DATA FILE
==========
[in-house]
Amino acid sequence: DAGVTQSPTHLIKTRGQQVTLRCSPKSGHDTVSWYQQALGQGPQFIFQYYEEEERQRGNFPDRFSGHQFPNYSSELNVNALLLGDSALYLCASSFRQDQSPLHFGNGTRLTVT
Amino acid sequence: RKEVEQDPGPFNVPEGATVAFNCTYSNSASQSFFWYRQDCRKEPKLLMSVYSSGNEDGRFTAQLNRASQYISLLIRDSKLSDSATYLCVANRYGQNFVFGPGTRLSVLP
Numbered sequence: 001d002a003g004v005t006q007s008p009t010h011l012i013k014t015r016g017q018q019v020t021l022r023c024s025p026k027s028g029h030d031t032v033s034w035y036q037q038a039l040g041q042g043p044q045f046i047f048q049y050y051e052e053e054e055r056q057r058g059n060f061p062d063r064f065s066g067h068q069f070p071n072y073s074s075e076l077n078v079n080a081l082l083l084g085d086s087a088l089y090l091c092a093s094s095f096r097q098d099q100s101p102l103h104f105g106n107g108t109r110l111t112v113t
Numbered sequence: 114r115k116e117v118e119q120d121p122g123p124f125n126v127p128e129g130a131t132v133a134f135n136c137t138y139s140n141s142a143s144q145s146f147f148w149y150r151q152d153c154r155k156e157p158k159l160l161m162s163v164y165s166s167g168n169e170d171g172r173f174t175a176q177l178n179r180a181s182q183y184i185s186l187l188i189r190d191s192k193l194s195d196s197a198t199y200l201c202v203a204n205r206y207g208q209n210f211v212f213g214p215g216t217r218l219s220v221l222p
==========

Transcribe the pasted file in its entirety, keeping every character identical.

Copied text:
[in-house]
Amino acid sequence: DAGVTQSPTHLIKTRGQQVTLRCSPKSGHDTVSWYQQALGQGPQFIFQYYEEEERQRGNFPDRFSGHQFPNYSSELNVNALLLGDSALYLCASSFRQDQSPLHFGNGTRLTVT
Amino acid sequence: RKEVEQDPGPFNVPEGATVAFNCTYSNSASQSFFWYRQDCRKEPKLLMSVYSSGNEDGRFTAQLNRASQYISLLIRDSKLSDSATYLCVANRYGQNFVFGPGTRLSVLP
Numbered sequence: 001d002a003g004v005t006q007s008p009t010h011l012i013k014t015r016g017q018q019v020t021l022r023c024s025p026k027s028g029h030d031t032v033s034w035y036q037q038a039l040g041q042g043p044q045f046i047f048q049y050y051e052e053e054e055r056q057r058g059n060f061p062d063r064f065s066g067h068q069f070p071n072y073s074s075e076l077n078v079n080a081l082l083l084g085d086s087a088l089y090l091c092a093s094s095f096r097q098d099q100s101p102l103h104f105g106n107g108t109r110l111t112v113t
Numbered sequence: 114r115k116e117v118e119q120d121p122g123p124f125n126v127p128e129g130a131t132v133a134f135n136c137t138y139s140n141s142a143s144q145s146f147f148w149y150r151q152d153c154r155k156e157p158k159l160l161m162s163v164y165s166s167g168n169e170d171g172r173f174t175a176q177l178n179r180a181s182q183y184i185s186l187l188i189r190d191s192k193l194s195d196s197a198t199y200l201c202v203a204n205r206y207g208q209n210f211v212f213g214p215g216t217r218l219s220v221l222p